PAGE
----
I had my first shift at the Olympic Stadium last night and it was my first opportunity to meet my colleagues. The medical service at the stadium is integrated, unlike the arrangements at the 2012 games in London. Nurses roam the stands and are on hand for any medical problems in the crowd, and the Field of Play team are out in the park, backing up the team medics. These teams all radiate from our base, are briefed for their shift as a group, and keep in touch by radio. The base is a suite of rooms immediately inside one of the corner access ramps, that goes right through the ground floor of the stadium. It’s air conditioned, thank goodness. And if need be, our own designated ambulances are parked outside so that they could drive right through on to the pitch if that were needed. But hopefully they won’t be, touch wood.
The team is made up of a mixture of nurses, some senior medical students in the crowd, and doctors at the base, who also form the Field of Play team (the FOP). They are ready to provide emergency care and have the enormous privilege of having seats on the edge of the pitch far in front of the front seats, within touching distance of the athletes. Not everyone can be out there at once, there must be some in the base to receive any casualties from the crowd, so we rotate. Last night we had women’s football, and a packed house who have come to see Brazil beat Sweden—which they did, 5:1.
It’s not surprising that despite several players rolling on the ground clutching their knees or ankles there is no demand for our spinal boards and resuscitation kit. But back at the base, a constant stream of people with minor complaints are treated. They are either referred or brought in, sometimes in a wheelchair, by the crowd nurses. Some are from the stadium staff, from the “hotel services” side, and some spectators, although the nurses bring back many more written reports of people they have treated, who would not leave the stands for fear of missing a moment of play. The issues are all minor, such as grazes from falling on the grandstand steps or feeling ill from the heat—it has been very hot, 30℃, all day. There are very few, almost none, of the “alcohol related” illness that beseige UK emergency rooms.
My colleagues at the base are Brazilian—of course—Argentinian, and American. There is one other British doctor. I’m the only anaesthetist, the rest are A&E/ER doctors and orthopedic surgeons, with sports medicine interests. We also have physiotherapists at the base, who help care for casualties, and if needs be for athletes from small countries and teams that have limited back-up support, but as the stadium is staging football, at present they have little to do there.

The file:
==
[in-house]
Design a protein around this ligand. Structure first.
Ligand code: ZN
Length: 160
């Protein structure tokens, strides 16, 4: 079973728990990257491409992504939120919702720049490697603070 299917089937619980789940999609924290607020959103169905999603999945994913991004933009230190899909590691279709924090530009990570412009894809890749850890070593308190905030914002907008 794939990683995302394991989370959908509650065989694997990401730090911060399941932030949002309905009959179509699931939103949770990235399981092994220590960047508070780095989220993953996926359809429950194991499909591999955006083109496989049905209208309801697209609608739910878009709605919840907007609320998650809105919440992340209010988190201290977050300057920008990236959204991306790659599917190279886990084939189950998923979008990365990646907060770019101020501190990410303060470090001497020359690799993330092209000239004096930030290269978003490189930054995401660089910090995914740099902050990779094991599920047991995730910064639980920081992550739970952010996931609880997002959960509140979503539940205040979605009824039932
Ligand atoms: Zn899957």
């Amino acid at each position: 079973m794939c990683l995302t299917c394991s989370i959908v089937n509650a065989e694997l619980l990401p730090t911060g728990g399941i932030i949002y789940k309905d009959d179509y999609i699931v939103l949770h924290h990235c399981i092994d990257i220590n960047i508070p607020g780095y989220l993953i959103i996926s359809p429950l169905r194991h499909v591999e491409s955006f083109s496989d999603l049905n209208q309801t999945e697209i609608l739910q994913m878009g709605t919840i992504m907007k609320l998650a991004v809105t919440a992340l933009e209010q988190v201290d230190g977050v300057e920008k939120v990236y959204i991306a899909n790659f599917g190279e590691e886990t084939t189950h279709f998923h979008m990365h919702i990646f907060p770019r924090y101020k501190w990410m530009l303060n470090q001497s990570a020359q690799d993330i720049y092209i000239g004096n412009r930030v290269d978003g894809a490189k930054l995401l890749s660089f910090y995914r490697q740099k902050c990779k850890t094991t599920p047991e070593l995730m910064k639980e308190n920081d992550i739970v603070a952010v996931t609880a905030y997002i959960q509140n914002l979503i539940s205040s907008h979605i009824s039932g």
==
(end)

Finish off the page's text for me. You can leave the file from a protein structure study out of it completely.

Language is a problem. I’ve learnt enough for polite introductions, but however much “Good evening, how are you?” works well when making friends, it’s a bit inadequate when the patient has a twisted ankle. My medical colleagues all speak good English, and seem grateful to have an airway specialist aboard, so I’ll stay in that role and not aspire to full critical care lead, which they are highly capable of providing. In any case, despite providing full details of my qualifications and registration, only Brazilian doctors may prescribe. Nurses speak less English, but in a resuscitation event, I am confident that the universal procedures will be understood.
Drugs themselves are less universal, so perhaps that prescription rule is sensible. Brazilian practice includes some different drugs to the UK, and some with different names. Some names are similar, but with worryingly different spelling, some need resort to a pharmacopoeia to know what they are. An American colleague and I spent our first evening on shift labelling drug boxes with their European/US names, their purpose, and function. I’ve also assembled and tested our brand new ventilators, laid out an incubation tray, also all brand new kit, and everything else I can think off in case the worst should happen.
“Thinking black” has to be good practice in this situation, but the “glory of the games” prevents any depression. The uplift that a stadium full of people cheering gives, still works even if they are chewing for countries not your own. And some of the football has been wonderful, even to this football-phobe! If you didn’t see the fourth goal, scored by team captain Marta (Vieira da Silva, but to all, “Marta”) it was a miraculous piece of footwork!
John Davies is a consultant anaesthetist in Lancaster, who takes part in motorsport as a competitor and as a rally doctor.
Competing interests: I have read and understood BMJ policy on declaration of interests and I have no financial or other competing interest in the Olympic Games.